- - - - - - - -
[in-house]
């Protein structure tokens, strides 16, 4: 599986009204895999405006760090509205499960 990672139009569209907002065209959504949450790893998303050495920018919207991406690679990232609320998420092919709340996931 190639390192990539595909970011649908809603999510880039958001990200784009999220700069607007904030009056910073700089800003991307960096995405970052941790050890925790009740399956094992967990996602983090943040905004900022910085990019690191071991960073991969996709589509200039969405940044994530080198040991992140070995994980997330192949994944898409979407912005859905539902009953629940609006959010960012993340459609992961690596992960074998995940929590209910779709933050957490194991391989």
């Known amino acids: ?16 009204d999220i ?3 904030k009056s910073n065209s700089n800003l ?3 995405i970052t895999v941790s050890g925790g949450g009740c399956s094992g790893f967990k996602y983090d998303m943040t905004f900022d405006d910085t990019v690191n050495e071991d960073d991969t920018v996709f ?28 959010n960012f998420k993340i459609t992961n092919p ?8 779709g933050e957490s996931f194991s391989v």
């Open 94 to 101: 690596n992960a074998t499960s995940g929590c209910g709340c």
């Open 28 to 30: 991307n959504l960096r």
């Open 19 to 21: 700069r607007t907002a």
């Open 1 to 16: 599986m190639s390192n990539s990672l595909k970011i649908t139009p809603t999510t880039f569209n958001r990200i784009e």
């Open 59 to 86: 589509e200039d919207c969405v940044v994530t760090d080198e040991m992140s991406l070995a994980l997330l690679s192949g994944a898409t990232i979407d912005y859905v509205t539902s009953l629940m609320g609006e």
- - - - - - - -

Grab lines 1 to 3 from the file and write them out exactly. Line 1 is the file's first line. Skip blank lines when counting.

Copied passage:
[in-house]
């Protein structure tokens, strides 16, 4: 599986009204895999405006760090509205499960 990672139009569209907002065209959504949450790893998303050495920018919207991406690679990232609320998420092919709340996931 190639390192990539595909970011649908809603999510880039958001990200784009999220700069607007904030009056910073700089800003991307960096995405970052941790050890925790009740399956094992967990996602983090943040905004900022910085990019690191071991960073991969996709589509200039969405940044994530080198040991992140070995994980997330192949994944898409979407912005859905539902009953629940609006959010960012993340459609992961690596992960074998995940929590209910779709933050957490194991391989």
């Known amino acids: ?16 009204d999220i ?3 904030k009056s910073n065209s700089n800003l ?3 995405i970052t895999v941790s050890g925790g949450g009740c399956s094992g790893f967990k996602y983090d998303m943040t905004f900022d405006d910085t990019v690191n050495e071991d960073d991969t920018v996709f ?28 959010n960012f998420k993340i459609t992961n092919p ?8 779709g933050e957490s996931f194991s391989v």